It happens to be that I do know your real name, because I heard your first name a few times, and being the yenta that I am, looked it up on OnlySimchas and figured out who you are. And you're totally right - the only difference it'll make in my life is that when you have a simcha in your family, I'll know about it!!

Hatzlachah with all your decision making and speeches, etc.

And btw, my around-the-corner neighbor's daughter-in-law has cancer - can you speak to her?

StillinShidduchim said...

So if you had all these very valid reasons not to put your real name on your book, why'd you go ahead and do the book signing and the interviews? So Artscroll could capitalize on your cancer some more? I was pretty disgusted when reading the periodicals this past Shabbos...yes, it's cool that your book is being advertised on so many pages, and you should be proud of yourself, but it's too much IMO. You put yourself out there, and so now I don't think you can whine that people found your unlisted number. If you really don't want cancer to define you, stop with the publicity now.

Scraps said...

I think that's totally fair and reasonable, and it makes a lot of sense. You can't take care of every person in the world, and you need your kochos for yourself and your family.

I'm shocked that people would track down your unlisted number! Have they no respect for a person's right to privacy??

itsagift said...

You are the best Tzipi!! I love calling you by your new name - it has a whole new sound to it! Not here to boast about the fact that I know your first name LOL but just want to tell you - it was great speaking to you last night and you are SOOO SOOO RIGHT about this whole thing!!! Just keep being the most amazing person out there and pretty soon, people will get the message!!!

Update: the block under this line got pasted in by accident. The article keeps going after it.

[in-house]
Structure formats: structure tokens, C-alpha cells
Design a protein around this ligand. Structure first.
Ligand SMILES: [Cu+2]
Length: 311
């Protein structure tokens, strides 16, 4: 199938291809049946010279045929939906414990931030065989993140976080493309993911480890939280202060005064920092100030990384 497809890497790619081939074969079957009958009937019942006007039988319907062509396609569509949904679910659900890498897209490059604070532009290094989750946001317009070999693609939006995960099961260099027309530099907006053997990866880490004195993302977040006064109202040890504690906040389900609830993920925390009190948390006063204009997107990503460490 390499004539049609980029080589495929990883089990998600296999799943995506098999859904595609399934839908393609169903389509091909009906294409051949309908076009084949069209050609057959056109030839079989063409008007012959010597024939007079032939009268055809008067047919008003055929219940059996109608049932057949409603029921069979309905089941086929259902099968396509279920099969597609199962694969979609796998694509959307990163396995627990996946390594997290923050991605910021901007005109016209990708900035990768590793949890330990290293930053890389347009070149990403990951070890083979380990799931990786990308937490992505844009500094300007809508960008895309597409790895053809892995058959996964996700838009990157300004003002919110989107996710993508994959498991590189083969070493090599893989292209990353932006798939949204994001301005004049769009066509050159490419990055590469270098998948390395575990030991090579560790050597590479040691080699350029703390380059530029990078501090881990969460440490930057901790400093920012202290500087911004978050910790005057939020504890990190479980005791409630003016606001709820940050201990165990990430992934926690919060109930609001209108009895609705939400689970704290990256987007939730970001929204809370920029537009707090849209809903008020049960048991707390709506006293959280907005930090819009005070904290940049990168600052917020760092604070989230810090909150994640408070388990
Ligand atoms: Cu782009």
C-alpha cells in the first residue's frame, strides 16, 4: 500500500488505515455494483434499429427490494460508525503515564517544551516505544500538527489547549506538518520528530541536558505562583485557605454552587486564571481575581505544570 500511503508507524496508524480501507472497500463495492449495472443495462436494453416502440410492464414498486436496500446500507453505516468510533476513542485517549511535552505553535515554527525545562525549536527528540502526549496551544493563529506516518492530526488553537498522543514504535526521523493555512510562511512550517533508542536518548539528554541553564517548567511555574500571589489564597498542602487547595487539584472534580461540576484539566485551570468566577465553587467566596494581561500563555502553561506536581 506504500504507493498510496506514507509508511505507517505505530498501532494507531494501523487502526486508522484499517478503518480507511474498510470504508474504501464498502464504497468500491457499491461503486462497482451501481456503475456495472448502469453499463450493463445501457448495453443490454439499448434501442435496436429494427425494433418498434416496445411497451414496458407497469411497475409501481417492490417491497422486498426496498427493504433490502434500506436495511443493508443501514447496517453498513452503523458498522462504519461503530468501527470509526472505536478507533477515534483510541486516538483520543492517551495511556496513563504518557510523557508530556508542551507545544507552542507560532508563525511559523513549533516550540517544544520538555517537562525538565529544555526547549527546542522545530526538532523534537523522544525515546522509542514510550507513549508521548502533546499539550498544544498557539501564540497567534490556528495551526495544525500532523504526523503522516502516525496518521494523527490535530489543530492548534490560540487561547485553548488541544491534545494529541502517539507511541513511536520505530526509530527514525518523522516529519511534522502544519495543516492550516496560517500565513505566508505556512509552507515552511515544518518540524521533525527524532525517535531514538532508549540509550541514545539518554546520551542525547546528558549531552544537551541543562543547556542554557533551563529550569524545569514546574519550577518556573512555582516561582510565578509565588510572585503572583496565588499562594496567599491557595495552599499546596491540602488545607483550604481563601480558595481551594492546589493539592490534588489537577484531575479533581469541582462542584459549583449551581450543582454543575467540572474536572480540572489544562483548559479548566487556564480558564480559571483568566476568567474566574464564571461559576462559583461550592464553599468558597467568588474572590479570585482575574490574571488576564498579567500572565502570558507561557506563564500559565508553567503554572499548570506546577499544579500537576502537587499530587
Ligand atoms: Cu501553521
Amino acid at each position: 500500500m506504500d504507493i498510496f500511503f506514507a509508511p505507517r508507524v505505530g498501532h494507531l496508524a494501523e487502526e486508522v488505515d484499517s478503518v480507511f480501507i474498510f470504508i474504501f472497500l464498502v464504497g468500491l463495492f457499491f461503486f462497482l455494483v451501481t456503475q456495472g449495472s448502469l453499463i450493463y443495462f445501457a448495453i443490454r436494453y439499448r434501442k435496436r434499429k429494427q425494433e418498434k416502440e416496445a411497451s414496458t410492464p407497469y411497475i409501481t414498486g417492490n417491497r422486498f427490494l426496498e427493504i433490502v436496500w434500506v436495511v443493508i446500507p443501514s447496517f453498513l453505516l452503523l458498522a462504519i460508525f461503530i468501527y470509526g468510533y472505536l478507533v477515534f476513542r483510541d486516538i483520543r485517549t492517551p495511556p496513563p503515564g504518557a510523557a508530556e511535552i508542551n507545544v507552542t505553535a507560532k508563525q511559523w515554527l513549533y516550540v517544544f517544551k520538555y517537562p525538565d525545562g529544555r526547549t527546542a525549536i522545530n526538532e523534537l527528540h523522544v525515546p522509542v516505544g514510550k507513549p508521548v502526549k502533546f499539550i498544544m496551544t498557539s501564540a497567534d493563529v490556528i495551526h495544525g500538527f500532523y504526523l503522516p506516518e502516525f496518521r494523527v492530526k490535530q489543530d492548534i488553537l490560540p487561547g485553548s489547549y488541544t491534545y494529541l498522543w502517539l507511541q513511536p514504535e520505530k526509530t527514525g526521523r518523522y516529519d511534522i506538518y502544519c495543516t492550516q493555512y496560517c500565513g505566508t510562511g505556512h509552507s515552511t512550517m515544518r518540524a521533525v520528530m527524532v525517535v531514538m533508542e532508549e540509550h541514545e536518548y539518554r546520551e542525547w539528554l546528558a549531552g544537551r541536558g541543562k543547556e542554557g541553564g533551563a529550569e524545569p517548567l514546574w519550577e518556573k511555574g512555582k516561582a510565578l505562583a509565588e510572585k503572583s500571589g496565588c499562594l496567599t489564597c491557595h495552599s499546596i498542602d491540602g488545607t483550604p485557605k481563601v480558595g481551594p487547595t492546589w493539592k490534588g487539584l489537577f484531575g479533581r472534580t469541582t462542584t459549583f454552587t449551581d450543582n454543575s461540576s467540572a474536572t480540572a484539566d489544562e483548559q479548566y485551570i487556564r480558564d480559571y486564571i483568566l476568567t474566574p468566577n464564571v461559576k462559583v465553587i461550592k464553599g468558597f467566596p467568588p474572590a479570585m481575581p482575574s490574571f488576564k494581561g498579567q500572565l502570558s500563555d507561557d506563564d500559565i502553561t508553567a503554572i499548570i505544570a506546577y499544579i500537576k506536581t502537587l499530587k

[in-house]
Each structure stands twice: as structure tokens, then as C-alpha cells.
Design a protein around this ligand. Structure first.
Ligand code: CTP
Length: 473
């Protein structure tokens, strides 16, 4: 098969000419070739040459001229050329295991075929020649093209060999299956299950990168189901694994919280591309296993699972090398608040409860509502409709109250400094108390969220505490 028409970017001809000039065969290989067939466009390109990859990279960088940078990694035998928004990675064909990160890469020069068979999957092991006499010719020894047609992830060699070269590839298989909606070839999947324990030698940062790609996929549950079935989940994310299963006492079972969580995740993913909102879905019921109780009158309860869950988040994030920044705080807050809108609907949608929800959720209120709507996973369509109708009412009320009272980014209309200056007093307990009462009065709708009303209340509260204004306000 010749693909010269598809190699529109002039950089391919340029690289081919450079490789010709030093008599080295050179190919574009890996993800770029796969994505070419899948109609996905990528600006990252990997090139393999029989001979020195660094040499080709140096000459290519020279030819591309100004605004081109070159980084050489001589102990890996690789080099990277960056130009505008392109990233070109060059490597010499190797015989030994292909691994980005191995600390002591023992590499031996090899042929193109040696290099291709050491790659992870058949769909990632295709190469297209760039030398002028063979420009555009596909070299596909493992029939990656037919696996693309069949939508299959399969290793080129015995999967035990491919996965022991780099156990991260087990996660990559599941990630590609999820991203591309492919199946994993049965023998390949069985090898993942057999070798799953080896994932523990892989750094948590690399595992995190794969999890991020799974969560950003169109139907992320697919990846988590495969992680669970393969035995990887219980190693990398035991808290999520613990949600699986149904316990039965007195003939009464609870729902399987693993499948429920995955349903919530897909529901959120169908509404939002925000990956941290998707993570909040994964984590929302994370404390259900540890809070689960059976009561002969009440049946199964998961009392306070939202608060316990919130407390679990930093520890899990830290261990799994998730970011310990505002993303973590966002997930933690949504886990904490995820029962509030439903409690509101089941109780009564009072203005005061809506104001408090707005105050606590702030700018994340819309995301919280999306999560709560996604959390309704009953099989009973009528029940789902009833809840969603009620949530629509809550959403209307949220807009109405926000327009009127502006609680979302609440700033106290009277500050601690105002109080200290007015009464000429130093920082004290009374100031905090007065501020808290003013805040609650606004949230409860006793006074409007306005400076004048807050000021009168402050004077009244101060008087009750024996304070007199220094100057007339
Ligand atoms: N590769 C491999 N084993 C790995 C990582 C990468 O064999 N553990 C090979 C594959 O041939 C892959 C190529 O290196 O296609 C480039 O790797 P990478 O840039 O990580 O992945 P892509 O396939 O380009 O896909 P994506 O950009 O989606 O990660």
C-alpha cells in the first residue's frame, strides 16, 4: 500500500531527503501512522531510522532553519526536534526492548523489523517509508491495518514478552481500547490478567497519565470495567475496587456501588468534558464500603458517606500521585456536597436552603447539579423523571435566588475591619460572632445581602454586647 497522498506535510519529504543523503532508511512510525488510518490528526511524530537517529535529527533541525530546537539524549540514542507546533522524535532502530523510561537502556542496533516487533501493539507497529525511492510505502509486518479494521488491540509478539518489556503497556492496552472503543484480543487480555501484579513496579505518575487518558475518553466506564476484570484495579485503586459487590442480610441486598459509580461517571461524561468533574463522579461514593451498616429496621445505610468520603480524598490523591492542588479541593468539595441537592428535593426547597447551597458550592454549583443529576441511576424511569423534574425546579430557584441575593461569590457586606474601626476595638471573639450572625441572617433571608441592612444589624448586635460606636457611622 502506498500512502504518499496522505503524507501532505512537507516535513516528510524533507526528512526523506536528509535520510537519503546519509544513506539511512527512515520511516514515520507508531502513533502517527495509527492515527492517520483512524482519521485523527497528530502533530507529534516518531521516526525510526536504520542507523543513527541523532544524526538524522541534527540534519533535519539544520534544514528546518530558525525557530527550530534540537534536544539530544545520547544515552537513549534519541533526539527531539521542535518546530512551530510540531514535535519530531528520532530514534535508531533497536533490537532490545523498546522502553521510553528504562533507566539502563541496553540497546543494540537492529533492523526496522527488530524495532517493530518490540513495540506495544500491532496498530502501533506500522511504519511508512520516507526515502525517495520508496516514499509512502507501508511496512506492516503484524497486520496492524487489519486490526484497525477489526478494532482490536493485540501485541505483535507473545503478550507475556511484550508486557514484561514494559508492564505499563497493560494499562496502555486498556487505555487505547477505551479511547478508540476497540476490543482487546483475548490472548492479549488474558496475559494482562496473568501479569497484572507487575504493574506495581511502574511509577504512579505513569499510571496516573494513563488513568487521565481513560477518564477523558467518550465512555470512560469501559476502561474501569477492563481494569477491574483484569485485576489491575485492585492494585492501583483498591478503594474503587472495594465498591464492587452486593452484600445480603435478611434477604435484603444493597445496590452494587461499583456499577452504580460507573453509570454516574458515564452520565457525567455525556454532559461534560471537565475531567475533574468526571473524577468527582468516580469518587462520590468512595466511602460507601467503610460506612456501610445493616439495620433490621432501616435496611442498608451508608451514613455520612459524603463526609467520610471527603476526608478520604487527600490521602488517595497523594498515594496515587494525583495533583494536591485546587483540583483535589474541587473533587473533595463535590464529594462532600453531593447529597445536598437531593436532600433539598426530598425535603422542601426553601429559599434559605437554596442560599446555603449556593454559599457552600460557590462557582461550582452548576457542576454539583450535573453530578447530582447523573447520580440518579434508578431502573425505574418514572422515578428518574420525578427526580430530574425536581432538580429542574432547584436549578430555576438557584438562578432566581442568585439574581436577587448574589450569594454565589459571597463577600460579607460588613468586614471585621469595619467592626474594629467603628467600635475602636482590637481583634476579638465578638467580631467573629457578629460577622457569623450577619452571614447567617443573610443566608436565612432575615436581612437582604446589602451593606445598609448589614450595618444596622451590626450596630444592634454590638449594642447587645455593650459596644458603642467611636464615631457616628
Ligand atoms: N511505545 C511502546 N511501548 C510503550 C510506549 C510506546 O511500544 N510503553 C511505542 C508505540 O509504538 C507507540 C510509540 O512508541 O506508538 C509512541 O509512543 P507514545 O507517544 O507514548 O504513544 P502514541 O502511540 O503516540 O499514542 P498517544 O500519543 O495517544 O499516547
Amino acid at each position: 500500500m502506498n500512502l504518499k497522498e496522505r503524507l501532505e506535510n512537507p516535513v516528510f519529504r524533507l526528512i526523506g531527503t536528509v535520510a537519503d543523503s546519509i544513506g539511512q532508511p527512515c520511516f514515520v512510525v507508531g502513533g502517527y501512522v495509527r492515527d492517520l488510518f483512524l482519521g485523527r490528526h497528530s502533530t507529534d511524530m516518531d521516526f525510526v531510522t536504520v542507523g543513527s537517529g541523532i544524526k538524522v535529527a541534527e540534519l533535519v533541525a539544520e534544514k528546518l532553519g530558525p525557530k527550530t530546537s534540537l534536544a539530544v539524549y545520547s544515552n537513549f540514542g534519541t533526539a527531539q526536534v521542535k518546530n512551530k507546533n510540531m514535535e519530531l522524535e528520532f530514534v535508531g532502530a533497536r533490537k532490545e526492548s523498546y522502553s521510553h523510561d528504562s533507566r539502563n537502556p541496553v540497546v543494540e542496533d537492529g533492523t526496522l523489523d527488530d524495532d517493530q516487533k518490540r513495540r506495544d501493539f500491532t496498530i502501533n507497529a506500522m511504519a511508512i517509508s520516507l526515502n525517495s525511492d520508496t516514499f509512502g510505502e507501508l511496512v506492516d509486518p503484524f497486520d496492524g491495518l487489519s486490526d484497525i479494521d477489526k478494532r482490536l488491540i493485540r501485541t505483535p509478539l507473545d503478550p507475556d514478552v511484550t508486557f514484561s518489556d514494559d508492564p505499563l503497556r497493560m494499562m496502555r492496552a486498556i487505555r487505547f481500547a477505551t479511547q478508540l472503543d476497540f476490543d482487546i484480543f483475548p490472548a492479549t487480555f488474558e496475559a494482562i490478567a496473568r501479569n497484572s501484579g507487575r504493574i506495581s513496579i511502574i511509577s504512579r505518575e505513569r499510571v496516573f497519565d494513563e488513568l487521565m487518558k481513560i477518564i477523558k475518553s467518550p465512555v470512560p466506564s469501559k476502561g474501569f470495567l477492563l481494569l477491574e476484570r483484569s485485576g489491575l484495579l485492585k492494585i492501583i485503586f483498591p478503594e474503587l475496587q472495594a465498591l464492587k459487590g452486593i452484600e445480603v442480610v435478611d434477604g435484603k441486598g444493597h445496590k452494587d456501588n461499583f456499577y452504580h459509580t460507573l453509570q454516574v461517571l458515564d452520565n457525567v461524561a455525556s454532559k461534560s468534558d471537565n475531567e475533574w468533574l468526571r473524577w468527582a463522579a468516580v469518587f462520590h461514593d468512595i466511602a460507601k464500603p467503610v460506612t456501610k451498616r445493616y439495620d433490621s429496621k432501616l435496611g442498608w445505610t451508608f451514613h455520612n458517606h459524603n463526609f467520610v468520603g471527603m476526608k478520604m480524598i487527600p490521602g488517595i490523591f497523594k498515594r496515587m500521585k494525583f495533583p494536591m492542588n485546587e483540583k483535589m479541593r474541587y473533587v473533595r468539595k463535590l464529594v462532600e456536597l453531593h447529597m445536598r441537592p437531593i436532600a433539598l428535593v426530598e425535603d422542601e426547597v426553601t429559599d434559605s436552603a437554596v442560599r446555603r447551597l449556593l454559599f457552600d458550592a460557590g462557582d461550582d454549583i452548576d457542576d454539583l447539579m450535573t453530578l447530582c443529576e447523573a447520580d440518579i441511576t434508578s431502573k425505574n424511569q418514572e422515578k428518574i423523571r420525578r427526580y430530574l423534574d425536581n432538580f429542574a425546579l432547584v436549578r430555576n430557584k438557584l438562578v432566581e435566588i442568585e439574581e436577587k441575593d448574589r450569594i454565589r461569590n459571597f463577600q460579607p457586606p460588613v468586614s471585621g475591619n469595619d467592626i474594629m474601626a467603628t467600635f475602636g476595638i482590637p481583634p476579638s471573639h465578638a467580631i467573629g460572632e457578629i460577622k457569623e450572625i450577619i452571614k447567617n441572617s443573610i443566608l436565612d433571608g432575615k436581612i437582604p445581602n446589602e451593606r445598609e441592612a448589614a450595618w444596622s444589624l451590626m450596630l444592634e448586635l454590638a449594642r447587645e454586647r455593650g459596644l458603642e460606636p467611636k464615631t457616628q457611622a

Tell them if they need some mentoring/emunah speeches and stuff like that - I can send them to someone who is really good at that LOL - and you know her too!! (get who I'm talking about?!?!)

Anonymous said...

Tzipi, just wondering: you blocked out your face for tzniyus reasons; what about the other ladies whose faces are clearly visible? Did they give their expressed written consent or whatever?

Etty Gruen said...

I love how you compared cancer to Harry Potter. LOL!

J.A.P. said...

Anon, The tzniyus comment was a joke, and the people in the picture are my relatives. They know its here. Though if it offends male readers I can take it down :-)

Etty, cute how you are sticking with your new name! ;-)

Anonymous said...

My wife and I both loved your book. There was one qustion that we each had. If you don't want to answer we will understand, but we were curious how much older your husband is than you?


J.A.P. said...

No big deal Anonymous,
My husbamd and I are nine years apart. I know it sounds like a lot, but we never think about the age difference. Our personalities and perspectives are what matter more.

Anonymous said...

I loved reading the book! If its not to personal what happened with that shtreimel kind of stuff???

Anonymous said...